I have struggled with image alignment while building double sided boards in the past, Toner Transfer make the task much more difficult compared to Optic Film Exposer Methods. With the optic film method it is easy to see through the art work for alignment and both images can be taped together and/or exposed together in a double side exposer fixture.

I have search the web for ideas regarding Double Side Toner Transfer methods and found nothing that I liked. Some suggest holes and pins to provide alignment, but transferring the resulting sandwich for lamination is problematic.

The Toner Transfer process normally uses non-transparent transfer paper, and therefore alignment of the two images is difficult. But, alignment can be done by adding target around the layout image (similarly as done with optical method) and partly extending them beyond the edge of the intended PCB material.

The etch process becomes a two step process, one for each side. The first etch creates the first side of the intended PCB layout pattern and copper targets that extend beyond the edge of the board. The etched targets on the edge of the board are aligned with the second side target images that extend beyond the edge of the PCB material.  Both target sets are created from the same computer art work.

Circles are used for targets, as your eye is much more sensitive, to slight phase shift (or displacement) of concentric overlapping circles, than as can be seen with just straight lines.

With DipTrace (the PCB software that I use), targets can be created using Mounting Hole images, multiple holes are stacked one on another, and then saved as a library part.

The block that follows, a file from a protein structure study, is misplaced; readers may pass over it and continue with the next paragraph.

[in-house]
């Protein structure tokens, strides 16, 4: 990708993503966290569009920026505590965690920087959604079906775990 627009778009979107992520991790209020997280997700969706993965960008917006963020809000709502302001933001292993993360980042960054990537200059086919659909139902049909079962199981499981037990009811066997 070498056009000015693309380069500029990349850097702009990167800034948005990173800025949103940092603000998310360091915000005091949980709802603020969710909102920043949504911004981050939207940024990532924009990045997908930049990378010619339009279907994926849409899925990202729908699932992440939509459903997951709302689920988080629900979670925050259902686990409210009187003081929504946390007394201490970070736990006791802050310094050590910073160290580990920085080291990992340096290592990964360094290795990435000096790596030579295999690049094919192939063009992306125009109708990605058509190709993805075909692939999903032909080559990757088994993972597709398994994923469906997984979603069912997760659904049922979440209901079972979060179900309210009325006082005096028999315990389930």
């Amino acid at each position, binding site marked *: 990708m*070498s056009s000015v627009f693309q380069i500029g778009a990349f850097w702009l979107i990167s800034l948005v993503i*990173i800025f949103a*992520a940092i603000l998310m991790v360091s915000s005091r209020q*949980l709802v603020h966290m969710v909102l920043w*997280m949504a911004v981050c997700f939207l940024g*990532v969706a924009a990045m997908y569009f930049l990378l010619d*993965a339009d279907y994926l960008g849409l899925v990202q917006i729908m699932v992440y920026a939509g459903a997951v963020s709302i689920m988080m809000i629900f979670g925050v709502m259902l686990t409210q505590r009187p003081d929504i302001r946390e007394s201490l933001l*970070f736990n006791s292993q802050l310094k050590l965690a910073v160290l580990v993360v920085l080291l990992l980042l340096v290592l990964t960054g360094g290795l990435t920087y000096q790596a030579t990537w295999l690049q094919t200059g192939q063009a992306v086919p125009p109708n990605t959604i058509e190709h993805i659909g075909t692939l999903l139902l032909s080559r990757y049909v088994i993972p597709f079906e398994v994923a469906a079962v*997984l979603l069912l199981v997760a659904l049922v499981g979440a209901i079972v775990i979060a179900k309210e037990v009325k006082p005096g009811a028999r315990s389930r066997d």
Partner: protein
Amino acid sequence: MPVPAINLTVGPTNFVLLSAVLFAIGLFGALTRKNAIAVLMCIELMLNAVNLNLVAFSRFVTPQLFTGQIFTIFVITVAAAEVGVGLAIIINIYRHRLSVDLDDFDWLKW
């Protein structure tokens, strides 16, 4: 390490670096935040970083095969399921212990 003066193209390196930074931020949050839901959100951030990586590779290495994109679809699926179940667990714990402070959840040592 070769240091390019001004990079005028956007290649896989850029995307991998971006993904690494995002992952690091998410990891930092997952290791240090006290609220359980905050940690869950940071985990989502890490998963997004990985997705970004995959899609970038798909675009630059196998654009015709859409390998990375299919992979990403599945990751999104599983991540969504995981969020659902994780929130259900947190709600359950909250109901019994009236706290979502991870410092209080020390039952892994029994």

What this means to me

My abilitiy to build much more complex Homebrew PCB has greatly improved.

I have now experimentally used this method to build a PCB with 8 mil traces, 12 mil clearance, and 40 mil "VIA's" pads with 8 mil (or maybe smaller) holes. Solder and tight fitting clipped wires will be used in the VIA's  to provide double sided connectivity.

Note: This is a great tip that I found on the Web; use a single long wire, stitched between all VIA's with loops between, solder the wire at the VIAs and then clip the loops away.

I have found installing (looping) VIAs after all other parts to be helpful, it avoids adjacent part installation dislodging the very sort clipped wire that form the VIA.

Component Side Targets                Circuit Side Targets

The targets are randomly placed around the Layout, the odd number of targets and placement help avoids confusion when attempting alignment. In theory, only two targets are needed, but more targets ensure enough are properly etched and are usable in practice.

For use with PCB Toner Transfer Method, the Component Side image is must be Mirrored via the laser print process.

The example shown here are very small boards (1x2 inch), alignment for larger boards with larger traces should be even easier.

It is interesting, once a long time ago, I was involved with the production of Technical Manuals and their Art Layup, many of the techniques that I used almost 40 years ago find their way into my projects of today.